Canada's Next Great Prime Minister
Canada's Next Great Prime Minister (formerly The Next Great Prime Minister) is a national contest for young Canadians who wish to share their ideas for making Canada a better, stronger and more prosperous country.
Alex Trebek hosts the reality style show where four young Canadians aged 18–25 are challenged by four political leaders of Canada. The four finalists debate questions posed to them by the politicians. An in-studio audience that represents the Canadian population votes throughout the show and for an ultimate winner of the competition.
In the 2008 show, the winner of the competition received a $50,000 cash award and 6 month internship with Magna. Second, third and fourth place contestants each receive a cheque for $5,000 from Magna.
The televised contest, which debuted in February 2006, is the evolution of the As Prime Minister Awards essay contest, which provided a national forum for the innovative ideas of Canadian college and university students. The original As Prime Minister Awards essay contest was first founded in 1995 by Magna International Inc. Chairman Frank Stronach. Canadian college and university students were asked to submit a 2,500-word essay on what they would do as Prime Minister of Canada.
With the old essay contest, ten entrants from across the country were selected as Regional Winners by a National Panel of Judges composed of accomplished Canadians with backgrounds in business, academia, media and government affairs. Each National Finalist received a $10,000 cash award, a $15,000 internship, and had his or her proposal published in a book. One of the ten students was declared the National Winner and received a $20,000 award and $50,000 internship. All in all, the contest gave away at least $320,000 in prizes, thanks largely to Magna's contribution.
After over a decade of motivating Canadian youth to think about how they would create a stronger and more prosperous country, the organizers decided to change the contest format to video. In the new incarnation, the 2,500 word essay submission is replaced by a 3-5 minute video.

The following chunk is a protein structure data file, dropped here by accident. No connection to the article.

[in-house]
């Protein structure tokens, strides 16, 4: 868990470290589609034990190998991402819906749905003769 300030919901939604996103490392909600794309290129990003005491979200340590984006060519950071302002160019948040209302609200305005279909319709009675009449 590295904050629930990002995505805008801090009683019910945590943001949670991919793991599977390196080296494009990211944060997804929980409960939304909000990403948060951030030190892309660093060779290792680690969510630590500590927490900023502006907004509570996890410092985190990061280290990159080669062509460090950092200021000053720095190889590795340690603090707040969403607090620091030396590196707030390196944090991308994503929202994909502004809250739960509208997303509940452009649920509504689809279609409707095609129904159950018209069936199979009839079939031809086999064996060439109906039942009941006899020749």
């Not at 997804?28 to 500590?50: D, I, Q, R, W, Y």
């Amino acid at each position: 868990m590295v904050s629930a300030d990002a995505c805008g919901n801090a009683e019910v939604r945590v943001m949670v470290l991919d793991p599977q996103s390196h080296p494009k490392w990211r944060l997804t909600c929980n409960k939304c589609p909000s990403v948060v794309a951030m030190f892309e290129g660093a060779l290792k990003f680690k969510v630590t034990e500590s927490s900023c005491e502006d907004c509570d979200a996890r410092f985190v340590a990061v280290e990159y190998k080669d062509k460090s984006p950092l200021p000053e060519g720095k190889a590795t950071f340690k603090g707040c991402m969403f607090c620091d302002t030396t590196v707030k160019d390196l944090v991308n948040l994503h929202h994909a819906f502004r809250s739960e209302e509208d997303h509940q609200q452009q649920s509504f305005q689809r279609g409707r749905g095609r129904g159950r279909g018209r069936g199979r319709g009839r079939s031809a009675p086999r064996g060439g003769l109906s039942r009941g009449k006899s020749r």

In 2005, representatives of Magna International Inc., the Arthur Kroeger School of Public Affairs at Carleton University and The Dominion Institute judge the contest entrants and select the final five contestants who appear on the televised show. The 2005 winner, and the recipient of a $50,000 first-place cash prize, was determined by four former Canadian Prime Ministers: Brian Mulroney, Kim Campbell, Joe Clark, and John Turner. The first winner of the contest was the Sudbury, Ontario-born Deirdra McCracken. McCracken, at the time of the contest, was studying political science at Université Laval in Quebec.
In 2006, the show moved from CTVglobemedia to CBC Television where it was hosted by Rick Mercer and watched by one million Canadians. Representatives of Magna International, The Dominion Institute, CBC and the Fulbright Program selected four contestants to appear on the show after a cross-country university campus tour. The show aired March 2007 and was judged by four former Canadian Prime Ministers: Brian Mulroney, Kim Campbell, Joe Clark, and Paul Martin. The in-studio audience awarded first place to Quebec native Joseph Lavoie who received $50,000 and a 6 month internship with Magna International Inc.
In 2007, recruitment for the next show began both in the cross-country campus tour and also online though YouTube. From YouTube videos, ten semi-finalists were selected. These semi-finalists were sent to Toronto to compete in boot camp where four finalists were chosen. CBC released boot camp footage to the public as podcasts. The 2007/2008 show aired March 23 on CBC Television and was judged by Kim Campbell, Paul Martin, John Turner and Danny Williams. The winner was 25-year-old Metis physician Alika Lafontaine from Saskatchewan. Pam Hrick placed second, followed by Kevin Royal in third and Rahim Moloo in fourth.
Bulgarian Public Broadcaster BNT has produced two series of the format with the title "Big Choice".
In June 2009, the German TV Station ZDF broadcast the Show with the title "Ich kann Kanzler"
The format is distributed internationally by DRG.
On March 19, 2008, CBC announced that they were going to release a DRM-free copy of the show after the broadcast, making them the first major broadcaster in North America to officially release a prime time show using the protocol.
On March 23, 2008 after the broadcast, CBC posted the torrent files to the official show site. Reception was positive, but there were two main criticism: the video files were badly encoded and that Canadian ISPs were throttling BitTorrent downloads.